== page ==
The paper will carry out an analysis and comparison of the performance of BP PLC and Royal Dutch Shell PLC. The two companies were formed almost at the same time. BP PLC was established in 1908 initially as Anglo-Persian Oil Company while Shell PLC was established in 1907. Both companies are components of the FTSE 100 index. Besides, they are public entities that operate in the oil and gas industry. BP PLC is headquartered in London. Further, it has a primary listing on the London Stock Exchange. The secondary listings are on the New York and Frankfurt Stock Exchange. At the end of 2013, the company had operations in more than eighty countries, while the daily production stood at 3.2 million barrels. The main products of the company are Petroleum, natural gas, aviation fuel, petrochemical, and motor fuels (BP PLC 2015a). In the case of Shell PLC, the headquarters are located in the Netherlands. However, the company is registered in the United Kingdom. Further, Shell PLC has a primary listing on the London Stock Exchange. The secondary listings are on the New York Stock Exchange and Euronext Amsterdam. The company has operations in more than 90 countries. The current daily production capacity stands at 3.2 million barrels of oil equivalent. The key products of the company are petrochemicals, natural gas, and petroleum.
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How they are placed in the industry
The oil and gas industry is quite competitive and is made up of large corporations. The table presented below shows a summary of sales for the key players in the industry.
|Company||Sales (USD million)|
|Royal Dutch Shell||484,489|
|China National Petroleum||352,338|
(Source of data – International Energy Agency 2015)
The data show that Shell PLC and BP PLC come in second and third respectively in the world oil and gas industry.
Recent stock movement
The graphs presented below shows the stock chart for BP PLC and Shell PLC. The charts are generated using stock prices of the two companies for a period of two years that is between 1st January 2013 and 31st December 2014.
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Royal Dutch Shell PLC
The stock charts for the two companies have a similar trend. There was a gradual rise between January 2013 and October 2014. This was followed by a slight decline from November 2014 (Yahoo Finance 2015a; Yahoo Finance 2015b).
Local and global economic conditions and industry trend
Since June 2014, the price of oil has dropped drastically. The current price per barrel is $43. There is disequilibrium in the oil and gas industry because supply exceeds demand. If this condition persists, then the oil producing companies are likely to run out of storage space. This will cause a further drop in the price per barrel. During the last decade, the demand for oil exceeded supply, and the price per barrel was expected to increase to $147 (International Energy Agency 2015). The dramatic shift in the oil market was not expected. This can partly be attributed to an increase in production over the past ten years.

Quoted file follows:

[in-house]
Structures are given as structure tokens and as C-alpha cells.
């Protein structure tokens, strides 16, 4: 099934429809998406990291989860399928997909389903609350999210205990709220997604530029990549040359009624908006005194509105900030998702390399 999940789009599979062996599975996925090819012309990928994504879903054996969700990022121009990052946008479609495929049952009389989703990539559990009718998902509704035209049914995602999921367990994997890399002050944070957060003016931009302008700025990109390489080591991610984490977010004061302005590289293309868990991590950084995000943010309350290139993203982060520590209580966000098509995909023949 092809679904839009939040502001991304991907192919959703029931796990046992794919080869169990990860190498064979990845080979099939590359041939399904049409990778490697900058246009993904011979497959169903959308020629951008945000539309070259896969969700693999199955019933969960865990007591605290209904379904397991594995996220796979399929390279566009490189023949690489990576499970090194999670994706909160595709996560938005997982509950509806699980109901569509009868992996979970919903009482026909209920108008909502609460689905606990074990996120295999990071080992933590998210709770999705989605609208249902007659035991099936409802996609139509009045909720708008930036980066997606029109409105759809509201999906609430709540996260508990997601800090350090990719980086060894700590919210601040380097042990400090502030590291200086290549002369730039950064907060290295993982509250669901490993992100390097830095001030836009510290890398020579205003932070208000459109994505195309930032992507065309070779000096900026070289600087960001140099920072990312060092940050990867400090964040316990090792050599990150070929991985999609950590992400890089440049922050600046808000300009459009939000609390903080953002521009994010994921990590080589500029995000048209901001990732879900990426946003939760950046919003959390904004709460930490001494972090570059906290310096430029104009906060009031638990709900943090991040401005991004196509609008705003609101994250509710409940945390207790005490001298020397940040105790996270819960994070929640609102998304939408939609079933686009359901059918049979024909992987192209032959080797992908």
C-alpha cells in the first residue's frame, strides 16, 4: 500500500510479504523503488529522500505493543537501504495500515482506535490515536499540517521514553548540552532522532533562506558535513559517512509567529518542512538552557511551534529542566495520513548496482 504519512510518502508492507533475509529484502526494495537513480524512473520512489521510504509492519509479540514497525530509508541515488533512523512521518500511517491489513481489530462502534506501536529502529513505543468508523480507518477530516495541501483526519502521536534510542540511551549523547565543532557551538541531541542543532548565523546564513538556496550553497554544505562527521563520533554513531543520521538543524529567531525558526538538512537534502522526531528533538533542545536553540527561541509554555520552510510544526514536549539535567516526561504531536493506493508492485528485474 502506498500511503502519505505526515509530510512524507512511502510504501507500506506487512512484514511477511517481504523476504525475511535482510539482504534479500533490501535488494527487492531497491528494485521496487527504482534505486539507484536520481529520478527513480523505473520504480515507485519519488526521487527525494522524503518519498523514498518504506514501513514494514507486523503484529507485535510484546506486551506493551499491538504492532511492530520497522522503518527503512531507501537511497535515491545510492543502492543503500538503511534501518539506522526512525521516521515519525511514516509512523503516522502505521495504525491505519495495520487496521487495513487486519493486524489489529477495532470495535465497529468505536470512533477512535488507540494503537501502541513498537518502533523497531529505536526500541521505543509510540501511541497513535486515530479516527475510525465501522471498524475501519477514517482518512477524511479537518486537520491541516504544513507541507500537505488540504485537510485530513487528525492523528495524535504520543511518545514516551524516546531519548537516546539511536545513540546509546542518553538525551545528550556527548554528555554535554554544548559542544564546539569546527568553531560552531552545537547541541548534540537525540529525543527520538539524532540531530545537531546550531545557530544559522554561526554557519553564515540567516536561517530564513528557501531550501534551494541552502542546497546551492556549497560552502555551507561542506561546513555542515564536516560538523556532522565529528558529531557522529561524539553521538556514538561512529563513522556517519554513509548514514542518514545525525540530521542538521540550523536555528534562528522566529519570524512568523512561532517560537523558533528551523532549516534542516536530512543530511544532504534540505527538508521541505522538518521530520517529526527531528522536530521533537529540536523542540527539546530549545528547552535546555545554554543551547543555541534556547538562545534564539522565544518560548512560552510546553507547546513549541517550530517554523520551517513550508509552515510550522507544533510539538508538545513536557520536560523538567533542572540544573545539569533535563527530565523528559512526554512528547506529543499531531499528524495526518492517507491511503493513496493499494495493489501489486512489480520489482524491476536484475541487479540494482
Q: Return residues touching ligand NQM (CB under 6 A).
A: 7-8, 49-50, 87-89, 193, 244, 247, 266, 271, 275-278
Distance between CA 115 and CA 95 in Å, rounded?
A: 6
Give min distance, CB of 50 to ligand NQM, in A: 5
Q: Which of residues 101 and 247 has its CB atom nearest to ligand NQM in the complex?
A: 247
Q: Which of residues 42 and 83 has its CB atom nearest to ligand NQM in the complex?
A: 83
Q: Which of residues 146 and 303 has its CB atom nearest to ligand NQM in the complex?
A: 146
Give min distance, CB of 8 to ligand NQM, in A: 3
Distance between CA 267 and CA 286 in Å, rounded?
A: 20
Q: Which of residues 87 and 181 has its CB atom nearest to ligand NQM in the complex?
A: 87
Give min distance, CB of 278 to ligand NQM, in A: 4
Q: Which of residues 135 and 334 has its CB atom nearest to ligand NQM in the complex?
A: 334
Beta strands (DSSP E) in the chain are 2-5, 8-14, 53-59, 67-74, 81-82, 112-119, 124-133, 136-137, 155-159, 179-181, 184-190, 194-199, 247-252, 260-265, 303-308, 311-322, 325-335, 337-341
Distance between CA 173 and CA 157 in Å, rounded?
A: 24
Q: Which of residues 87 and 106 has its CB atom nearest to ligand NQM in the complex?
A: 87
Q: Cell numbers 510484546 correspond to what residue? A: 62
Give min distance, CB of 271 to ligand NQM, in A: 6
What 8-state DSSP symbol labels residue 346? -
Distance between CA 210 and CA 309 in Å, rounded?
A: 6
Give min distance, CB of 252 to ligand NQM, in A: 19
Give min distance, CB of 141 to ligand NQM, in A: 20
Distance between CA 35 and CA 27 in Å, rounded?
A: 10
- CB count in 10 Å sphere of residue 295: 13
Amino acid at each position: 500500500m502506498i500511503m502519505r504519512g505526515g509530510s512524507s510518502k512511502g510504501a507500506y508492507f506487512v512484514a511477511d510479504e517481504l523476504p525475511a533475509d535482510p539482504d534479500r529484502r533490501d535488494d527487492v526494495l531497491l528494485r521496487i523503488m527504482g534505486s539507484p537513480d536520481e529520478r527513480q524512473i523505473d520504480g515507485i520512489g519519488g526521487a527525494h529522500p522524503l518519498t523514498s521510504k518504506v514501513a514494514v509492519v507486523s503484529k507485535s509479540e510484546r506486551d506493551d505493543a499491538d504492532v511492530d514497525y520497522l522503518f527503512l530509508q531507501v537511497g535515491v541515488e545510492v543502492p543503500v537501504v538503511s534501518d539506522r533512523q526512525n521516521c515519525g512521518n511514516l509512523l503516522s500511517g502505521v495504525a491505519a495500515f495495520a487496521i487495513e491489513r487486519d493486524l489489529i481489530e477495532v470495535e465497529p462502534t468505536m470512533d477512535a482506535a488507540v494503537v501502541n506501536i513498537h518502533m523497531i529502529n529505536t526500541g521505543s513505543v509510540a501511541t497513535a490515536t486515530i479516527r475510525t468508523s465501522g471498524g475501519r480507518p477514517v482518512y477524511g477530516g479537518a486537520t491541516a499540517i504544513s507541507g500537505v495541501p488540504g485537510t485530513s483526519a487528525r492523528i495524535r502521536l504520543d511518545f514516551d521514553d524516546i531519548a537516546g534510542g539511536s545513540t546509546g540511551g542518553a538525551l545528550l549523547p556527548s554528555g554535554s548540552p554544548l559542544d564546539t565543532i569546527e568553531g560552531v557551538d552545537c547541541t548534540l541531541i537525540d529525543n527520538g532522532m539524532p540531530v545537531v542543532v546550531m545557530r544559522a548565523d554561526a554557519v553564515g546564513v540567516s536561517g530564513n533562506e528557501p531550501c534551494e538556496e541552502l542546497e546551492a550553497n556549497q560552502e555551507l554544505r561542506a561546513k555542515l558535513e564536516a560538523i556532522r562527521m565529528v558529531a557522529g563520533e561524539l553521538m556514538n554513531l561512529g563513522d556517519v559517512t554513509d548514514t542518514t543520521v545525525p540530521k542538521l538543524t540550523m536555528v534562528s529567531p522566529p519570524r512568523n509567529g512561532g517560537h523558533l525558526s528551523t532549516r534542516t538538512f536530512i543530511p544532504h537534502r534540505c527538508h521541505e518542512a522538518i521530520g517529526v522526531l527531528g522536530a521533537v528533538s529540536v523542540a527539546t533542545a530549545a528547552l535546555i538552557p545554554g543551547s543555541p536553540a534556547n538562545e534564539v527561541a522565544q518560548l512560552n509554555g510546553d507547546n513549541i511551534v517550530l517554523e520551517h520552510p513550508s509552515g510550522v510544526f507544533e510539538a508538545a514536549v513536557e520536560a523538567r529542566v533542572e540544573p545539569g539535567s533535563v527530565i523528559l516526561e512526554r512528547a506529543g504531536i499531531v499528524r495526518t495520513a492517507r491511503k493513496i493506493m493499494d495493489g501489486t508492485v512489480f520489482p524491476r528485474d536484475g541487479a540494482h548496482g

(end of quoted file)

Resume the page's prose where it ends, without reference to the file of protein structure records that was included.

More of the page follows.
The ability of the company to cope with the trends
The current trend in the oil and gas industry has impacted negatively both the companies operating in the industry and the overall economy. In order to cope with the recent trends, the two companies laid off a number of works. For instance, in the North Sea, BP PLC company laid off 300 workers. In the US, the total number of jobs that have been axed is 550 (BP PLC 2015c). Further, the company reduced the total annual spending by $23 billion (The Telegraph 2015a). These stringent measures were put in place to ensure that the bottom line and dividends are not affected by the market trends. In the case of Shell PLC, the company laid off more than 600 workers in the United States (The Telegraph 2015b). Other regions where the company operates were also affected. Further, the company announced an aggressive restructuring plan that will save the company more than USD800 million. Even though the companies in the industry are hurting, it can be noted that the two companies are able to cope with the recent trends.
The income statement of the two companies shows that the revenue dropped during the two year period. The sales for Shell PLC dropped by 6.55%, while that for BP PLC dropped by 10.47%. As mentioned above, this decline can be attributed to a significant drop in the price of oil per barrel. Since the cost of revenue is directly related to sales, the value dropped in the case of two companies. The gross profit margin for Shell PLC declined by 5.38%, while for BP PLC decreased by 42.40%. The high value in the case of BP can be explained by the fact that the cost of revenue dropped by a lesser proportion than sales. BP PLC does not incur the costs of research and development cost (BP PLC 2015a). The value dropped by 7.89% in the case of Shell PLC. A further review shows that there was a significant drop in the interest expense for BP PLC. However, in the case of Shell PLC, the value increased by 68.51%. With these changes, the total income before taxes for both companies dropped. The net income for Shell PLC declined by 10.06%, while for BP PLC by 520.40%. The income statement shows that BP was worst hit by the trend in the oil and gas industry than Shell PLC (Royal Dutch Shell PLC 2015). The values are presented in appendix 1.
The balance sheet shows that the current assets dropped by 3.45% in the case of Shell PLC and 9.89% for BP PLC. There were significant movements in the balances of cash, inventory, and receivables for both companies. The total non-current assets of both companies also dropped. Shell PLC had a decline of 0.33%, while BP PLC had a drop of 5.56%. Under non-current assets, the value of the gross property, plant, and equipment for BP PLC rose by 4.77% while for Shell PLC dropped by 1.86%. The two companies experienced a significant increase in deferred income taxes. Shell PLC has a 138.34% increase in intangible assets. The total current liabilities for both companies decreased by 7.56% in the case of Shell PLC and by 12.63% for BP PLC. The total liabilities for Shell PLC rose by 2.08%, while for BP dropped by 2.00%. The total stockholder’s equity of both companies dropped. The percentages show that the financial standings of the two companies shrunk. The calculations are presented in appendix 2